MacronutrientsOther Foods

Olive Oil can Tap Dance!

Time to set the record straight on olive oil, or it won’t be long before we see the title of this thread as the next Daily Mail article!

Here is the Daily Mail article from 19 April 2010. Olive oil can now apparently switch off genes and previous articles have told us that olive oil cures depression, saves lives and makes people live to over 100 and dance around tables in adverts for margarine.

Now for some common sense – olive oil is oil squeezed out of mashed olives (we do the same with avocados and make avocado oil – avocados must have a different PR Agency). Olive oil with acid levels below 1% can be called “extra virgin” and 1-3% acid levels can be called “virgin” (I have no idea what virginity has to do with any of this!) Non virgin olive oil is more acidic than this. And that is it!

In terms of composition, olive oil is pure fat (water and fat can’t mix so oil is always 100% fat). In 100g of olive oil there are 75g of mono unsaturated fat, 14g of saturated fat and 11g of polyunsaturated fat. In 100g of pork chop (the USDA example called “Pork chop boneless, raw, lean AND FAT” – I deliberately chose a piece of meat with no bone and still with fat on), there are 75g of water, 21g of protein and 4g of fat (slightly under 4g actually). Of this fat – 1.5g is saturated, 1.8g is mono unsaturated and 0.5g is poly unsaturated. So 60% of our ‘lethal/red meat pork chop” is the unsaturated fat, which apparently is going to save the world! (And remember how low the fat is in the first place).

This is how I can say olive oil has 6 times the saturated fat of pork – in this example it actually has 9 times (14g per 100g vs 1.5g per 100g). In another super extra fatty pork example, olive oil still has 6 times the saturated fat – I try to be fair!

So let’s look at the nutritional content of olive oil. There are 2 very useful measures of nutrition and the US Department of Agriculture has some really useful analysis of food products against these:
1) is the amino acid score. Anything over 100 indicates a “complete” food from an amino acid perspective i.e. it delivers all the 22 standard amino acids used by a human;
2) is an overall nutrition score weighing up vitamins, minerals etc delivered in the product. This one is measured out of 100 – where 100 is the ‘perfect’ nutritious food – can’t find any with 100!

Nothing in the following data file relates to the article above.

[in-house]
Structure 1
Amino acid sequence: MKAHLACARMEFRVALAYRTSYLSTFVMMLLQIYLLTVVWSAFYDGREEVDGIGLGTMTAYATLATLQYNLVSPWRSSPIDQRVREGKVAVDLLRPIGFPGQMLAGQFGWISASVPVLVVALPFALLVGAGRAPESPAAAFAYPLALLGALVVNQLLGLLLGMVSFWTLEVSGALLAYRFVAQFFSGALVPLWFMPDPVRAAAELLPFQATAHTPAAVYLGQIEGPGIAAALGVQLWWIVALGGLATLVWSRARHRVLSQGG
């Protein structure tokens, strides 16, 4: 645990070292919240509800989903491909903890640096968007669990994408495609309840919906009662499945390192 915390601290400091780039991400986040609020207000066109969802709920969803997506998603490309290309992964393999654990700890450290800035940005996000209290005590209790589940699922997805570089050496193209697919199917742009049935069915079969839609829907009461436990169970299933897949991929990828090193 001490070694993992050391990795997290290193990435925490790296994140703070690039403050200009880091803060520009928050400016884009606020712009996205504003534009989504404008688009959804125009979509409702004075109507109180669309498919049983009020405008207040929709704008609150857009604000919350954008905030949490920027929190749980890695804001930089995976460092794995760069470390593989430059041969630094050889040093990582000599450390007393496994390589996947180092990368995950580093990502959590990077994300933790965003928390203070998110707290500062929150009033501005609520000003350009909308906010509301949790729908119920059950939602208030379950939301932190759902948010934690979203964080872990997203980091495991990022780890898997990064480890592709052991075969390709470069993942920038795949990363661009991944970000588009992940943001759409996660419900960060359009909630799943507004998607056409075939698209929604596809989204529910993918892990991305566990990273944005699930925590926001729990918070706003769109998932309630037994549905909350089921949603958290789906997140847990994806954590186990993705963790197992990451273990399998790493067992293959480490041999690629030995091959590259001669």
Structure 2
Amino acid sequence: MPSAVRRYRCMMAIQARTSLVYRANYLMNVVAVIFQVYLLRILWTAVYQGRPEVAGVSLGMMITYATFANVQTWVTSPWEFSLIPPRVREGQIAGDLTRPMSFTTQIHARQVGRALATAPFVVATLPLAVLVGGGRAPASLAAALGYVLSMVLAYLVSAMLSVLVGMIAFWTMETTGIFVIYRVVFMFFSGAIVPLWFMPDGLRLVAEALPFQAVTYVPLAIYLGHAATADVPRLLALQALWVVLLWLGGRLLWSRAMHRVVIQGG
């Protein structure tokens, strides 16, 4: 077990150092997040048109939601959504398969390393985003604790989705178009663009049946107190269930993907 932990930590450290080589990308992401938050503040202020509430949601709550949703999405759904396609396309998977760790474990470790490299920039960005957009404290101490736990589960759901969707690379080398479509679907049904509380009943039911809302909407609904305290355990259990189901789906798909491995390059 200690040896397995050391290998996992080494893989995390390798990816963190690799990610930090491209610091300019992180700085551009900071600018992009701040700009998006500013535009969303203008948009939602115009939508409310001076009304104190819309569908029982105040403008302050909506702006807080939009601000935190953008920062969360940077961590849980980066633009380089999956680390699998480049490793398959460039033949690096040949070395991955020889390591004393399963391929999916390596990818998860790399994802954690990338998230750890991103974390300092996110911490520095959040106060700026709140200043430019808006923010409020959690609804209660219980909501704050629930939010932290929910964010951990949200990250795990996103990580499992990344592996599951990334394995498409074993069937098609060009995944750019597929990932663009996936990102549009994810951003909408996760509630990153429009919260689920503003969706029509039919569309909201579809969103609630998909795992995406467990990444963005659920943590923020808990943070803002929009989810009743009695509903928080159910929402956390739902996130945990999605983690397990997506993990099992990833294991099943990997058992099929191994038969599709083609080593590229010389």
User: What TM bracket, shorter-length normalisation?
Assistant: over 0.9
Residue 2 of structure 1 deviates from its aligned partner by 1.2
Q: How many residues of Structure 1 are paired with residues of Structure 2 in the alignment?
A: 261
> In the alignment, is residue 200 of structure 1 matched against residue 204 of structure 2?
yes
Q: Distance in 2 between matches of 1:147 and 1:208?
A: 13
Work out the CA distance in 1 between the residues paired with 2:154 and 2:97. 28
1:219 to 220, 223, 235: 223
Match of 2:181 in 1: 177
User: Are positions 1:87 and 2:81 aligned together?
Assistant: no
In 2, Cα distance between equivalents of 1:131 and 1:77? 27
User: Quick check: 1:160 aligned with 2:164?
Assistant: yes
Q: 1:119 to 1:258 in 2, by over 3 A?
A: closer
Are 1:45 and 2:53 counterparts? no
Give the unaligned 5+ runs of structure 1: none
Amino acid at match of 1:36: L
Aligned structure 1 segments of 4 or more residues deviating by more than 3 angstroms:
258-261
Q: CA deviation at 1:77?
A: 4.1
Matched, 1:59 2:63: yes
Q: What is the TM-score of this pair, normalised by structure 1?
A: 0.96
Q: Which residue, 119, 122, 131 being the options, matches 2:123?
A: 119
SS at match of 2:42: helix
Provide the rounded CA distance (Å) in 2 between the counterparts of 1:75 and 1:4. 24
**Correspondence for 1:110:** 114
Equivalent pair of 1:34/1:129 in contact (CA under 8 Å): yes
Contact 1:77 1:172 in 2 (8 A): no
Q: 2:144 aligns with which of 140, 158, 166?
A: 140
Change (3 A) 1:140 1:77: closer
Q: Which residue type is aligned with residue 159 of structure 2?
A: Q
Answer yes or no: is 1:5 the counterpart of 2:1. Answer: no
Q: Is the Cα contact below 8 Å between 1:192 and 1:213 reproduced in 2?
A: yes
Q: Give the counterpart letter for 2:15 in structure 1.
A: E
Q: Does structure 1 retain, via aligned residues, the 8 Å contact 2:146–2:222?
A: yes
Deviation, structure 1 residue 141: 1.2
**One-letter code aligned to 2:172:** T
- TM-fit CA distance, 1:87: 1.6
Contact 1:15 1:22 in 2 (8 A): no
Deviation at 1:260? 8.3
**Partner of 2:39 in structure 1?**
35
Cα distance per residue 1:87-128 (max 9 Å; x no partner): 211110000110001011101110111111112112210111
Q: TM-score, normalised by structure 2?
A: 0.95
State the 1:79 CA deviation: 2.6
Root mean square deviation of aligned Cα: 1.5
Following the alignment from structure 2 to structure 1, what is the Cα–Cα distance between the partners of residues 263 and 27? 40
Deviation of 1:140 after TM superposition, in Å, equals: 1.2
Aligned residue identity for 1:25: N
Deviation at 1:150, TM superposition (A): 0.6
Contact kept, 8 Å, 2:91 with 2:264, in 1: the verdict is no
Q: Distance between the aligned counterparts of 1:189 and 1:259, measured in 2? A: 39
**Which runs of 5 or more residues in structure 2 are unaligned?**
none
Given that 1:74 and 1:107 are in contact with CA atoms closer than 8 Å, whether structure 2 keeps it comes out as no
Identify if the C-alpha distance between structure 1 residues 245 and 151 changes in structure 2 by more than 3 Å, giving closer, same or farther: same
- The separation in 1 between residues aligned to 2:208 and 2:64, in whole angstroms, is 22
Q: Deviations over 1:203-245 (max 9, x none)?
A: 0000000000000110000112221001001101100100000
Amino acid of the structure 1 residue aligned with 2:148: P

Sugar scores zero on both measures – no protein, so no amino acids and no nutrients, so no score.

Our Pork chop with 4g of fat above scores 151 on the amino acid score. I keep a database of real food and I have nothing higher than this on my list of 50 standard products. The same pork chop scores 39 on the nutrition scale. The maximum is 100 and the highest I have on my list is broccoli at 92 (there will be a nutrient density thing in the calculation, so broccoli has huge nutritional value to energy/calorie level).

Olive oil (get ready) scores 0 on the amino acid score – it has no protein so it cannot score anything other than zero. It then scores 5 on the nutrient scale (5 out of 100). Olives themselves score 25 on the nutrient scale – so we’re better off eating olives (of course we are – we are always better off eating food in nature’s most natural form).

A whole egg, by the way, scores 136 on amino acids and 50 on nutrition. Egg yolk on its own scores 146 on amino acids and 50 on nutrition – so that’s where the nutrition is in the egg – the bit that Californians throw away!

Please use any of this as ammunition the next time you see a claim made about olive oil. It’s a useful food – good for salad dressing; butter and lard are better for cooking (saturated fats are chemically more stable) – but that’s it. Unless we can run power stations on olive oil, it’s not going to save the planet!